The Antique Bowie Knife Association of America was formed April 5, 1975 by 19 collectors who enjoyed sharing their passion for Antique Bowie Knives. The name was changed a short time later to "Antique Bowie Knife Association". Since then, the ABKA has grown into a world-wide organization that is "Dedicated to the collecting, study, and preservation of Antique Bowie Knives".
Membership is open to persons over 21 years of age and is by invitation. If you are interested in our organization, we suggest visting with one of our members at a knife show near you, or inquire at one of our annual meetings. You will find our application here
About Jim Bowie
By Bill Williamson
By Bill Williamson
It was in the sleepy little village of Marksville in central-east Louisiana that an important document in Bowie knife history was signed. It was a spring day, April 10, 1827 to be exact. Rezin P. Bowie, brother of Alamo hero James Bowie rode into Marksville, dis-mounted his horse and assisted his wife Margaret from her sidesaddle. Small as it was, Marksville served as the seat of government for the parish (county), and the Bowies had business to conduct in the presence of Herzehian Dunham, the Notary Public in and for the parish of Avoyelles.
Accompanying Rezin and Margaret Bowie that day were Caiaphas K. Ham and Jesse Clifft. The Bowie plantation on Bayou Boeuf (pronounced buff or beff, depending on where one lives in Louisiana) was, as the crow flies, about fifteen miles distance. It was there at the plantation that Jesse Clifft, under Rezin P. Bowie’s direction and using his design, handcrafted the first Bowie knife.
Important evidence now settles the question of who made that first Bowie knife. “The first Bowie knife was made by myself in the parish of Avoyelles,” wrote Rezin Bowie. He went on to describe the knife. In a recently discovered letter to Col. David F. Boyd, dated September 14, 1885, Rezin’s granddaughter, Mrs. Eugene Soniat, gave further details. “This instrument, which was never intended for ought but a hunting knife, was made of an old file in the plantation blacksmith shop of my grandfather’s Bayou Boeuf plantation, the maker was a hired white man named Jesse Clift [sic], he afterwards went to Texas. My mother, Mrs. Jos. H. Moore then a little girl, went to the shop with her father, heard his directions, and saw Clift make the knife.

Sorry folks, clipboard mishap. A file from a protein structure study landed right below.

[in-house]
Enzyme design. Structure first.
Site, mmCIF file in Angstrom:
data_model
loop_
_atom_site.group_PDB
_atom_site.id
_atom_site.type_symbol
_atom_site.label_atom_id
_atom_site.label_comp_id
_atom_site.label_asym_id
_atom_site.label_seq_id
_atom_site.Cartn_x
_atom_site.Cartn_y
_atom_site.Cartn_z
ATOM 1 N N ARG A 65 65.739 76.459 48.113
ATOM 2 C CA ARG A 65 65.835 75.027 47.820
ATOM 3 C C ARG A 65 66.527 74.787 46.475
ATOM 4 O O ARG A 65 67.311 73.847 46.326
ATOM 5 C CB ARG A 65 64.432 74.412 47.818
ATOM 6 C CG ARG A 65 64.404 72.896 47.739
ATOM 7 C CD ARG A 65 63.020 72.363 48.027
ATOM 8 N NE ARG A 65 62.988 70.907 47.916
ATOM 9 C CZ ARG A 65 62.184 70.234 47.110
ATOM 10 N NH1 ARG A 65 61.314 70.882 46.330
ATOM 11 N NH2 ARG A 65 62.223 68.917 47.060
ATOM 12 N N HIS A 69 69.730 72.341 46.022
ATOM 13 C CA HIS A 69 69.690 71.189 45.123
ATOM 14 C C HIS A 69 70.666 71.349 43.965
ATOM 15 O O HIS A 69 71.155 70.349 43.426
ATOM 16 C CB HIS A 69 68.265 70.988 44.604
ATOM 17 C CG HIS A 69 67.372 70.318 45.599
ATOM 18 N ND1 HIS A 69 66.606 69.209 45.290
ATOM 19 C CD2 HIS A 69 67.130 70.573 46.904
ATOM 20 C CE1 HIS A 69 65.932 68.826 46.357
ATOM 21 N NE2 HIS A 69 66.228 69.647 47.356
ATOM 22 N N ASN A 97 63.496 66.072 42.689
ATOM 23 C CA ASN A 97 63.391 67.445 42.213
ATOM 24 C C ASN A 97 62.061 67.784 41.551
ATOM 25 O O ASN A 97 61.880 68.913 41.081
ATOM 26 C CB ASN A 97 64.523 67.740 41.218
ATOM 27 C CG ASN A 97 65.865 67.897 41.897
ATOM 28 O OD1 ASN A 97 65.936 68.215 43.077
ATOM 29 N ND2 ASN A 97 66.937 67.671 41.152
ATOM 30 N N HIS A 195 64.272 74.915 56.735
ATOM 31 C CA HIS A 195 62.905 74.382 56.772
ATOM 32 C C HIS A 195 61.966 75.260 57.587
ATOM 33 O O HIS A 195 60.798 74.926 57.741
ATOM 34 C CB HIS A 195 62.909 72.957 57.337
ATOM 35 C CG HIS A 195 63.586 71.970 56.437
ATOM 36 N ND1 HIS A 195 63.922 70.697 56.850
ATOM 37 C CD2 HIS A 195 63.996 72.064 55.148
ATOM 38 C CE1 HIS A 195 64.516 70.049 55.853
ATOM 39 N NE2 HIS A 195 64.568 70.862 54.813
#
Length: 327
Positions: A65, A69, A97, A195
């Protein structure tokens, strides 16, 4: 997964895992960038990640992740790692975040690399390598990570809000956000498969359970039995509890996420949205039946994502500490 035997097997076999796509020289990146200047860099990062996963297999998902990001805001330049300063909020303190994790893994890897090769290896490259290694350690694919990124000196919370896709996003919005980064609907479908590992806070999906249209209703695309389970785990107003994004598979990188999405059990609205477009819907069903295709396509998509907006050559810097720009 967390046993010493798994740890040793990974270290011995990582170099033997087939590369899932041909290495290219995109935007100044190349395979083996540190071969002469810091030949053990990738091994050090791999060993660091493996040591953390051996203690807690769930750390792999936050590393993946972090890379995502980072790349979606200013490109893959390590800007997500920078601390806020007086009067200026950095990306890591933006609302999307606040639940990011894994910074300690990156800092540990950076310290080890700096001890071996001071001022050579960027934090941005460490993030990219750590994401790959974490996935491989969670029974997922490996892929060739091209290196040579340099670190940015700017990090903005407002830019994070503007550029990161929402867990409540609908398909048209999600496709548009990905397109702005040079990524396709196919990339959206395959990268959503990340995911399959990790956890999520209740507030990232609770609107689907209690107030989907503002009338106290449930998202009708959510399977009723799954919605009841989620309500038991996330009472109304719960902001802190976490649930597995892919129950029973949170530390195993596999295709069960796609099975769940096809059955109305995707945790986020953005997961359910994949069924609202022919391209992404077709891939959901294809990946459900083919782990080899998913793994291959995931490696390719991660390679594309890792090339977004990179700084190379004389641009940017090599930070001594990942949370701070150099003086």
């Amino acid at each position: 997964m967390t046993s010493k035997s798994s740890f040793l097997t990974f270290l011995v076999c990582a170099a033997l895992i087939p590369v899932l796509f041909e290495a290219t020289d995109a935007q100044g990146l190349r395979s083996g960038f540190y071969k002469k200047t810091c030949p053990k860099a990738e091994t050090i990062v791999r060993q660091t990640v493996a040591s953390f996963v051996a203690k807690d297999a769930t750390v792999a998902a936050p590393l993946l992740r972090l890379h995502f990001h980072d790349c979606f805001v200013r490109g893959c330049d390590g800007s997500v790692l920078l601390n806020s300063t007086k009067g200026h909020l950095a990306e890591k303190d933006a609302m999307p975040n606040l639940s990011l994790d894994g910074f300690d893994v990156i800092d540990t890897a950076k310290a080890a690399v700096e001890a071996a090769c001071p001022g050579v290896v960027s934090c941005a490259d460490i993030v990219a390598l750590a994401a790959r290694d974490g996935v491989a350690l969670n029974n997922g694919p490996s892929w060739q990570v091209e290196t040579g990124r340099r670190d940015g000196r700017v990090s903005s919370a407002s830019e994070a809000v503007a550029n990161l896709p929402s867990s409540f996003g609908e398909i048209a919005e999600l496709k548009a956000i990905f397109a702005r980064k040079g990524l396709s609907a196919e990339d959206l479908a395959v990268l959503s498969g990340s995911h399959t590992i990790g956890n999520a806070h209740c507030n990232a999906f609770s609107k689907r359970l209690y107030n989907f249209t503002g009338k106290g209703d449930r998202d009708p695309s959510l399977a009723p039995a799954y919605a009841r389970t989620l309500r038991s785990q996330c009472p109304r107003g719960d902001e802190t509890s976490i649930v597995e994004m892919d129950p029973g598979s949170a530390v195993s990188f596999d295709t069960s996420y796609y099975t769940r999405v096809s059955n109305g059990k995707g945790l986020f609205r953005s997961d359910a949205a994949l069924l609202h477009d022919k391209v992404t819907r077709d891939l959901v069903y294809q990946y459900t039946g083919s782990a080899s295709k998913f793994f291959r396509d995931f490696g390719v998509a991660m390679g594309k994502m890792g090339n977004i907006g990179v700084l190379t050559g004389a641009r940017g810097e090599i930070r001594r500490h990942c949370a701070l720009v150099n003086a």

The document signed in Marksville that spring day provides further proof of the connection between Bowie and Clift. When William Hargrove met with Rezin P. and Margaret Bowie, Herzehian Dunham penned an agreement explicitly linking Rezin Bowie, the designer, with Jesse Clifft, the maker of the first Bowie knife.
The document read in part: In consideration of four thousand dollars... the said R.P. Bowie and the said M. Bowie his wife does by these presents grant, bargain, sell and convey unto the said Wm. Hargrove nine certain slaves to wit, Bill age about 25, Stephen aged about 30, Sally and child about 25, Harry about 40, Tom about 45, Willoby about 25, Bartlett about 27 and Lewis aged about 18 years, all slaves for life....
The principals signed the document, Rezin with his usual flourish, “R.P. Bowie,” incorporating a series of fancy line swirls beneath the name. “C.K. Ham” and “Jesse Clifft” signed as witnesses. Until this writing, Clifft’s name has been misspelled in the literature, usually as Cliff or Cliffe.
The origin of the first Bowie knife is now very clear. With this very knife James Bowie killed Maj. Norris Wright of Alexandria, Louisiana in the famous sandbar fight near Natchez, Mississippi on September 19, 1827. The sandbar affair started both James Bowie and the Bowie knife on the road to fame.
When James Bowie arrived in the area of Bayou Boeuf (boeuf is French for beef), the land was cheap, speculation rampant and the settlers, soon to be the landed gentry, a fiercely independent breed who often terminated differences with knives, swordcanes and pistols. African slaves, sometimes legally purchased, sometimes smuggled, were brought in to supply the backbreaking labor required to push back the forest and create large plantations.
James Bowie had located on Bayou Bouef some time before 1820. (An old ledger, dated 1817, records purchases made by James at a general store, later Bennett’s Store, on Bayou Boeuf near the town of Cheneyville, Louisiana.) Both he and brother Rezin P. Bowie owned, lumbered and developed properties along the Boeuf, in the area where the Bayou departs Rapides parish, cuts into the south-west corner of Avoyelles and then flows into St. Landry parish. Today, the town of Bunkie, nonexistent in the Bowies’ time, is the largest in the vicinity.